A depleted Clippers squad fell to the East’s best team, 124-108, in their second game in the Crypto.com Arena.
Marcus Morris Sr., in his return from Covid protocols, scored eight points in the first five minutes of the game to put the Clippers up early. Morris was crucial to keeping the Clippers in contention throughout the game, as he finished with 24 points, six assists, and five rebounds. The production of the supporting cast and determination to compete, even while severely shorthanded, provided the first silver lining of the night.
James Harden, who had 14 points and five assists in the first quarter, orchestrated a powerful offense the Nets, however. The Clippers trailed 38-33 going into the second quarter.
Without Paul George and Reggie Jackson, shot creation and playmaking were expected to be question marks. That fear was fully realized tonight, as, at times, the primary offensive burden fell on the shoulders of the Clippers rookies, Keon Johnson and Brandon Boston Jr. The Clippers just could not reliably get into the lane and scramble the Nets defense, which, unfortunately, does happens to be crucial to Ty Lue’s drive and kick offense.
The Clippers’ usually staunch defense was also unable to contain Brooklyn, as Harden and Co. consistently found the right pass and took the right shots en route to 71 points by the first half. Harden presented the defense with what I refer to as the “Jokic dilemma,” in memory of a stretch of playoff basketball that I wish I had the ability to forget. That is, when an opposing star player is too good to guard one on one, but also too good of a passer to double team. Tonight, Harden either cooked his individual defender, or made the right pass to find the open man when a double team left the rest of the defense scrambling. Harden finished the game with an efficient 39 points, 15 assists, and eight rebounds, as well as a pair of steals.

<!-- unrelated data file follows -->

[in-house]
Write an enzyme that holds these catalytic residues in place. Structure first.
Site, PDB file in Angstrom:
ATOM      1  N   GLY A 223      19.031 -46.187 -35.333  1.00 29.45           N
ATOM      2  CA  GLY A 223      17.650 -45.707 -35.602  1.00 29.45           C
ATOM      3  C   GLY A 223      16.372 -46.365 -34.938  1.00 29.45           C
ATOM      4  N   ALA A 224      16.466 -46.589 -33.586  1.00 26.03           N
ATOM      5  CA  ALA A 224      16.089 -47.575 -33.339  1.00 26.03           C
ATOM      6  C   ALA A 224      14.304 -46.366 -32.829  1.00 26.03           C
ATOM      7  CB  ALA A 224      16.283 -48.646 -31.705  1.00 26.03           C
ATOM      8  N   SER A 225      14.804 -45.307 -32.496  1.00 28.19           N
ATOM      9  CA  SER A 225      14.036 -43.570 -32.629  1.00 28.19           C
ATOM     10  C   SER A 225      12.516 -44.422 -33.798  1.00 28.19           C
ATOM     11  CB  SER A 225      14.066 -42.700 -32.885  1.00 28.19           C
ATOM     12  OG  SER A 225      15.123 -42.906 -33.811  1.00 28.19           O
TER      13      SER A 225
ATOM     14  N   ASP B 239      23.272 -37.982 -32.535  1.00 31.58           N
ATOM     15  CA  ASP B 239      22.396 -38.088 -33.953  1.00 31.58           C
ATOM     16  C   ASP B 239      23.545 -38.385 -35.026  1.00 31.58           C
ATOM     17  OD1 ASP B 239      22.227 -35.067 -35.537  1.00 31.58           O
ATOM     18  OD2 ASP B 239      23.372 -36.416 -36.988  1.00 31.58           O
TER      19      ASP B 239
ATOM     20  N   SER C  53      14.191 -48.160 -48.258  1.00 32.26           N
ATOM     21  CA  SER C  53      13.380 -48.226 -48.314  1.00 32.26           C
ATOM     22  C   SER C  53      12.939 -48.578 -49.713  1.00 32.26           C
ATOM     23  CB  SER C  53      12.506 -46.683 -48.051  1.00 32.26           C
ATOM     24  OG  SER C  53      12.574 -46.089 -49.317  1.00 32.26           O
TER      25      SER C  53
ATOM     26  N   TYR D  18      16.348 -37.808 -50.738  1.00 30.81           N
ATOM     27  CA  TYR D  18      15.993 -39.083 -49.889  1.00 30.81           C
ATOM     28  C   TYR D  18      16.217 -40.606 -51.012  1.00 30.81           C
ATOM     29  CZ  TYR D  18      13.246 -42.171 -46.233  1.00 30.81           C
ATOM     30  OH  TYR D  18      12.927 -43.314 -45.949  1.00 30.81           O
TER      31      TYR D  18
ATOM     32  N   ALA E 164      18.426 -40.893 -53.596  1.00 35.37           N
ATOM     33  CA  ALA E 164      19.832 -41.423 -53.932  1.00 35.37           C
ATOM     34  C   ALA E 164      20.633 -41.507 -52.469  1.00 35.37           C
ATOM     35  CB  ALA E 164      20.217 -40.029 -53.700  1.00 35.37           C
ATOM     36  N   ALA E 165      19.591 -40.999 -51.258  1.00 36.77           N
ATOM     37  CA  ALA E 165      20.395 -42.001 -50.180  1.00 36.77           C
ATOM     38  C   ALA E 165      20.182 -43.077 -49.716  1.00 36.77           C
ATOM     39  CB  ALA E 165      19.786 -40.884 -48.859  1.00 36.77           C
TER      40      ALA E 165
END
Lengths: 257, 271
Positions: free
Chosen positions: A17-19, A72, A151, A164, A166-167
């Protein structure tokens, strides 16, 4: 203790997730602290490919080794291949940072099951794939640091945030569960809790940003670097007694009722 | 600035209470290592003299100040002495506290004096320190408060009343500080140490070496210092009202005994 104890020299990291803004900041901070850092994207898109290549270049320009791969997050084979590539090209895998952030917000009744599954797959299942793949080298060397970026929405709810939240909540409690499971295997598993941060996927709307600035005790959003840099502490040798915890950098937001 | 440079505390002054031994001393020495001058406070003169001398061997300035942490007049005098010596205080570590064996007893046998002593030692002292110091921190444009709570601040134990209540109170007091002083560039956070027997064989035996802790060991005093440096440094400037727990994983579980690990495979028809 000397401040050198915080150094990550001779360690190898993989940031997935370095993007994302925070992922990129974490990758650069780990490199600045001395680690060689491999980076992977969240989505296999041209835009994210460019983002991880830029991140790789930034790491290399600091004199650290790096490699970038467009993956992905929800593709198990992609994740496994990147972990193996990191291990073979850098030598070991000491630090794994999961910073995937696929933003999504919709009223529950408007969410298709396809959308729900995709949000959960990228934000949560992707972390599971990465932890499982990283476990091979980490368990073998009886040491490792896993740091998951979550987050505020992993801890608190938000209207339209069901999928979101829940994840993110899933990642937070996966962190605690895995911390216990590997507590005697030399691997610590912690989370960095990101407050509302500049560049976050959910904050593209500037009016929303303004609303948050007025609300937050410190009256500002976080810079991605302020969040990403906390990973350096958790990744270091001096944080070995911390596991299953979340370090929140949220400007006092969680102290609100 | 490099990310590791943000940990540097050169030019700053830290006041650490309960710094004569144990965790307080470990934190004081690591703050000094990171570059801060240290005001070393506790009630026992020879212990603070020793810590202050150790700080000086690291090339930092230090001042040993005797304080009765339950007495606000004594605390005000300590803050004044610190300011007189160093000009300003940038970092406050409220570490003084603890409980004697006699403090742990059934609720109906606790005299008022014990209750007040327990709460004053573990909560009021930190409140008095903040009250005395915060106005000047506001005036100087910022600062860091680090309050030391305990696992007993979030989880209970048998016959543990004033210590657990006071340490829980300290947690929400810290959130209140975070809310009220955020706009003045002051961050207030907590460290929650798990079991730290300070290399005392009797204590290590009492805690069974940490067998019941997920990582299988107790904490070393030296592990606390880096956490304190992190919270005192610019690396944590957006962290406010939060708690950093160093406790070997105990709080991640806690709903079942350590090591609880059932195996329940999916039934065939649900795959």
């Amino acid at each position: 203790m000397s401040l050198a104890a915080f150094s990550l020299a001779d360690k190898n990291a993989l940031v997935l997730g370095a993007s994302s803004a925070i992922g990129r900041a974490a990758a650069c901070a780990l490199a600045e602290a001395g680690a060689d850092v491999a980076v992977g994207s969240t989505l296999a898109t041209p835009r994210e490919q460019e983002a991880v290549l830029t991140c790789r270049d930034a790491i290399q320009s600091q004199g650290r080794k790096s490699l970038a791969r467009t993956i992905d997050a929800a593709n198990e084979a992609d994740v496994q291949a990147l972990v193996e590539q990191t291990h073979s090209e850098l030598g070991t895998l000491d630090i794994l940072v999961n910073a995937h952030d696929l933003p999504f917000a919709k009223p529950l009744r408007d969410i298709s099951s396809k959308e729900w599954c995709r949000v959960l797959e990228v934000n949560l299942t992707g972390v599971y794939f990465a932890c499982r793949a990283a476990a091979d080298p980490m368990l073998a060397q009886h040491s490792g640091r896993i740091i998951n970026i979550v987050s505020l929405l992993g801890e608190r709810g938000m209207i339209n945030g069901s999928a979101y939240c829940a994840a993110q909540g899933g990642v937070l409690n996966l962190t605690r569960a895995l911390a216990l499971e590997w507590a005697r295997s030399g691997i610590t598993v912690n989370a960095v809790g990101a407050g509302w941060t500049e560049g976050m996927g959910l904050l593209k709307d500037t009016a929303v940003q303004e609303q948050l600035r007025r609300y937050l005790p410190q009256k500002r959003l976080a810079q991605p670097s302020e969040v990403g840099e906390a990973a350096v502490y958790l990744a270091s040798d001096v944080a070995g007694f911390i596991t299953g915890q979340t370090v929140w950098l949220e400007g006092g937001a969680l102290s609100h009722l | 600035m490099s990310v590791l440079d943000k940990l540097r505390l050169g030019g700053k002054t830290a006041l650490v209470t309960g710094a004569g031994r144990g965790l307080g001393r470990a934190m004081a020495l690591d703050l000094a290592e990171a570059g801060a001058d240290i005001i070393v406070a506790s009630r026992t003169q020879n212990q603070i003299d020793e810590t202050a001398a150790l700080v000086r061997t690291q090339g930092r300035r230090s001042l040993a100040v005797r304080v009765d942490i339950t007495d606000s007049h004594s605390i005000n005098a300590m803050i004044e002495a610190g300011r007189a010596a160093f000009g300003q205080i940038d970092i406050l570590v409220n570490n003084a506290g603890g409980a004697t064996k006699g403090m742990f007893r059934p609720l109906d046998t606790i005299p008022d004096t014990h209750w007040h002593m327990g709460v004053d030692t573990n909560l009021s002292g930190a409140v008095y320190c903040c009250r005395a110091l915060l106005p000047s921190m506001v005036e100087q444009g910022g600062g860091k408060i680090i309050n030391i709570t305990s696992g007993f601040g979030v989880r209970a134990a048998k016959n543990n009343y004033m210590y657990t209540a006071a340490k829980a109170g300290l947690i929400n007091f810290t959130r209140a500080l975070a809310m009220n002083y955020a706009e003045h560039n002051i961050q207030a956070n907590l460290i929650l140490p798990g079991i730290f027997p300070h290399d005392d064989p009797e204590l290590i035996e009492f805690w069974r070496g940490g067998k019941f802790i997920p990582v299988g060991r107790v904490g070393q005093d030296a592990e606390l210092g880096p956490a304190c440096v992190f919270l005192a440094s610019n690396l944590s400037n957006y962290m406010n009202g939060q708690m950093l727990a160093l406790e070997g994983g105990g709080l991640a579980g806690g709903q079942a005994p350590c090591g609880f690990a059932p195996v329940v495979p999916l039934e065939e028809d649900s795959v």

Some hot shooting from Morris Sr. and the Clippers cut the deficit to ten early in the second half, but was unable to break the double-digit barrier. That lead then proceeded to grow back to 21 with 4:30 to go in the third quarter. With 2:!5 to go, the Nets, who were up 100-78, triggered Lawler’s Law.
The more playing time and experience for the rookies, including a pair of 3-pointers from Johnson and an exciting four-point play from Boston, provided the second silver lining of the night. For Johnson, who presented himself as primarily an athletic slasher and defensive stopper in college but who promised himself as an improved shooter during the draft, an improved 3-point shot would go a long ways towards him earning more minutes in Lue’s rotation. In 17 minutes, Johnson posted 15 points, two rebounds, and two assists. And as for Boston, who has emerged as a legitimate rotation player and bonafide draft night steal, the continued offensive development of his game is a wonder for Clippers fans. The currently depleted roster provides an opportunity for these younger players to gain experience and develop further.